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Tsunami disaster – countries in crisis

Traumatized children at risk for infection

By Anupam Srivastava

© UNICEF India/2004
Three children injured by the tsunami share a bed in a Tamil Nadu hospital.

TAMIL NADU, India, 21 March 2005 - Sahai Radhika has her eyes wide open, but she is not talking. The 12-year old girl lies in the lap of her father Krishtarajan and looks away when you try to talk to her. For three days she has been suffering from a high fever. She has been lying in the sand or in her father’s lap in the Nagarcoil relief camp in the Kanyakumari district of Tamil Nadu where thousands were killed by the Indian Ocean Tsunami.  Around 700 fishermen are still missing.  

“She has had a fever since the day we were hit by the sea,” Krishtarajan says. Radhika knows that many of her friends did not survive. “I know she has been thinking about them all the time,” adds her father. He is certain her fever is related to the trauma she has endured.

Even though hundreds of other children in the camp look cheerful and play in the sand, they have not overcome the trauma of running for their lives with the sea chasing them. Kabin, 7, engages playfully with his friends at the camp but his parents say that he is “quieter and more reserved.” He does not wonder far from them and he has been talking in his sleep and sometimes wakes up screaming. 

“We have lived all of our life near the sea and our children were never afraid. How will they go back and live in the same village again,” his father Joseph, a fisherman, wonders.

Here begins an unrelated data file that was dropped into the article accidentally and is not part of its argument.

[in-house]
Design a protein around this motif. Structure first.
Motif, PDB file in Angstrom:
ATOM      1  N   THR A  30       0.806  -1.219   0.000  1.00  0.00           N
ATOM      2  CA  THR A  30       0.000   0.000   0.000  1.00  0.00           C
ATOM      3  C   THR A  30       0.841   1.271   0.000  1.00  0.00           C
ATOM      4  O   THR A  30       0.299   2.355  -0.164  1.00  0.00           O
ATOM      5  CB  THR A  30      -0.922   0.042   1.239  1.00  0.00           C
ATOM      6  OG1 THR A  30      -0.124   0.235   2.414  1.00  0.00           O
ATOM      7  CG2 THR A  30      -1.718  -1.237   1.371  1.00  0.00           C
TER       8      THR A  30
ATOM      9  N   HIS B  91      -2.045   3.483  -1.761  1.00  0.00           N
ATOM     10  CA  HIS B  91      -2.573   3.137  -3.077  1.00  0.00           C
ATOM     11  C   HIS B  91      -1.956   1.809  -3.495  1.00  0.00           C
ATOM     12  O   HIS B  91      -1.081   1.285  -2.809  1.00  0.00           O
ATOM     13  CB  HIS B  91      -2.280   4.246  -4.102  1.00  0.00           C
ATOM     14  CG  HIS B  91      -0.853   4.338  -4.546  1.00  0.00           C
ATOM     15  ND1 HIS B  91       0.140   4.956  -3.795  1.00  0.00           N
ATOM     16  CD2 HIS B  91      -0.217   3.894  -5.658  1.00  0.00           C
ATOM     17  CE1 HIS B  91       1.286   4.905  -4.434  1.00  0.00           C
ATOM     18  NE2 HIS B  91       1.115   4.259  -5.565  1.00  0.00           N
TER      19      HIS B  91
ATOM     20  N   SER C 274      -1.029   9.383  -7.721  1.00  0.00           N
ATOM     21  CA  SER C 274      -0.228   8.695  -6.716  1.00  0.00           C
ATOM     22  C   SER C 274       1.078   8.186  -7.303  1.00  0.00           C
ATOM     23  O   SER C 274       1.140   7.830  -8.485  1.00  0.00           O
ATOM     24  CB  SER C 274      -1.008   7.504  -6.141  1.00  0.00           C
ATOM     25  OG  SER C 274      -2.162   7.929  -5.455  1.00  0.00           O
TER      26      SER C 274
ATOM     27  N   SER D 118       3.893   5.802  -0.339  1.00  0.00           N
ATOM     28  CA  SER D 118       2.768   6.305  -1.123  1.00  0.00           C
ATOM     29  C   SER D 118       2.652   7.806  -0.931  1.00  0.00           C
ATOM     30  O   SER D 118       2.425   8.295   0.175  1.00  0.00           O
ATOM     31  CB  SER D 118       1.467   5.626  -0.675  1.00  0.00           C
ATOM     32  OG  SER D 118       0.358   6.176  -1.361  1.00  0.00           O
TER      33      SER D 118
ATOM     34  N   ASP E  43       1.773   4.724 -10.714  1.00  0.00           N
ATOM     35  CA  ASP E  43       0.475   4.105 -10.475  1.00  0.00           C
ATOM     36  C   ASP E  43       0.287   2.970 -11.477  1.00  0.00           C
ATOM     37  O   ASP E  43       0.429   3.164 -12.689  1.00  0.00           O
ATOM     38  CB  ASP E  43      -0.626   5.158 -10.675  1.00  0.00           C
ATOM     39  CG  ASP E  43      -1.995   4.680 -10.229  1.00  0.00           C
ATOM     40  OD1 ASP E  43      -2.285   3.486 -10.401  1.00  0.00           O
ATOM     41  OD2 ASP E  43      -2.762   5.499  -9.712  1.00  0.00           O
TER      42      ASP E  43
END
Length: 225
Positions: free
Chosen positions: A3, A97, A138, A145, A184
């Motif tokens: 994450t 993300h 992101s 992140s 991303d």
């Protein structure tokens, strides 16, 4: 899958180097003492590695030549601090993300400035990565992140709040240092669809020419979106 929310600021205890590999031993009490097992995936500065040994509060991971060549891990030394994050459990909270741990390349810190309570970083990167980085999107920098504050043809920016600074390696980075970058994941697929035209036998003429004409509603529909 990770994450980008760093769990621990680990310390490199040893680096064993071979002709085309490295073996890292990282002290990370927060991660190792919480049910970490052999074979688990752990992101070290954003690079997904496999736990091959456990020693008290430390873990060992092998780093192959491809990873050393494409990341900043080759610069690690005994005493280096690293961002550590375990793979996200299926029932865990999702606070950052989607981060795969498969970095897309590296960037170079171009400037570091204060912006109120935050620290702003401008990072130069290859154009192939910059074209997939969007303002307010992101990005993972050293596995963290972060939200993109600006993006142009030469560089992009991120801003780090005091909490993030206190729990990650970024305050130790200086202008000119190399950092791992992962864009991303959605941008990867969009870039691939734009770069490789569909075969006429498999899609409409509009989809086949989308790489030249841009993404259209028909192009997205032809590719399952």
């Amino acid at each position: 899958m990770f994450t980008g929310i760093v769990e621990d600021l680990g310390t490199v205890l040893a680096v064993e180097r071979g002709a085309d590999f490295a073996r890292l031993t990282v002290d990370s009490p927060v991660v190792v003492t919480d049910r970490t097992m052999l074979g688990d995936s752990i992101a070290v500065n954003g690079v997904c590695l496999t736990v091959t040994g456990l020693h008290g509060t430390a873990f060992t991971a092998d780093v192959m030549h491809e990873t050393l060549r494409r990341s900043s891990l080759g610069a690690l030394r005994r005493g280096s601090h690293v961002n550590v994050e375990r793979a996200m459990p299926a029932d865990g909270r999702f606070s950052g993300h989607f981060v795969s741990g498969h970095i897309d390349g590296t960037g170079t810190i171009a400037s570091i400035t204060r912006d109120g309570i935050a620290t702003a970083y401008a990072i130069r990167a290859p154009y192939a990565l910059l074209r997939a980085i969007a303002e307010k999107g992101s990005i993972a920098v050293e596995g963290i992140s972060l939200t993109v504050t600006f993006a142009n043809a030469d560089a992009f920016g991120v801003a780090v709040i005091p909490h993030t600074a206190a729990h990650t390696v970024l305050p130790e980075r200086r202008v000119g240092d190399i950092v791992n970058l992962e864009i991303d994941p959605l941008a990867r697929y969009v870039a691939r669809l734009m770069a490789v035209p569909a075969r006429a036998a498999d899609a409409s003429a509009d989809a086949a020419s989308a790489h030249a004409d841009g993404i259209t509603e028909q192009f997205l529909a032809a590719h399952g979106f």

In the Sri Ram Hospital near Nagarcoil, three brothers -- Sangar, Raju, and Vijay  -- shift around restlessly despite their injuries.  Laxmi, their mother, described how the boys went toward the sea when the waters receded and ran when the sea charged at them.

© UNICEF India/2004
12 year-old Radhika has had a high fever since the tsunami struck. Her father, Krishtarajan, believes it is due to trauma.

“They may not know it but they are all scared,” she says of her sons who are sharing a hospital bed. When asked if they would like to return to their village, the boys’ smiles vanish.

Unfortunately, trauma is only treated in camps when the symptoms are obvious. “We are referring patients for further treatment if we find that they need it very badly. We are worried about infections and epidemics,” Dr. Kali Silvy, a local doctor, says.

With overcrowded conditions in relief camps and few toilets available, camp organisers are struggling to maintain good hygiene standards. In the Zionpuram camp in Kanyakumari, there are only three toilets for 2,500 people.  “We are taking precautions in cooking, but face limitations in terms of providing sanitary toilets,” Balaji, a retired professor and camp organiser, says.

A UNICEF team camping out in the area has made field visits and is preparing to install temporary toilets in the camps in Tamil Nadu, where tens of thousands of people are staying. Toilets are essential, especially since most of the survivors won’t be able to return to their villges in the near future.

“Where do I go back to?” Seseiya, a fisherman, says as he breaks down. Michael Ramesh, another fisherman from the village of Pallam says that unless the Government assured them that the “tsunami would not be repeated” he would not go back.

Declining hygiene levels put children at greater risk of contracting disease. UNICEF is currently in the process of negotiating a relief package with its partners and the Government which would help provide more sanitary conditions in the camps and temporary shelters - an important step in helping the devastated villagers resume some sense of normalcy.




March 2005:
Tim Schaffter UNICEF Representative in Tamil Nadu State discusses how the money donated to UNICEF is being spent to help children.

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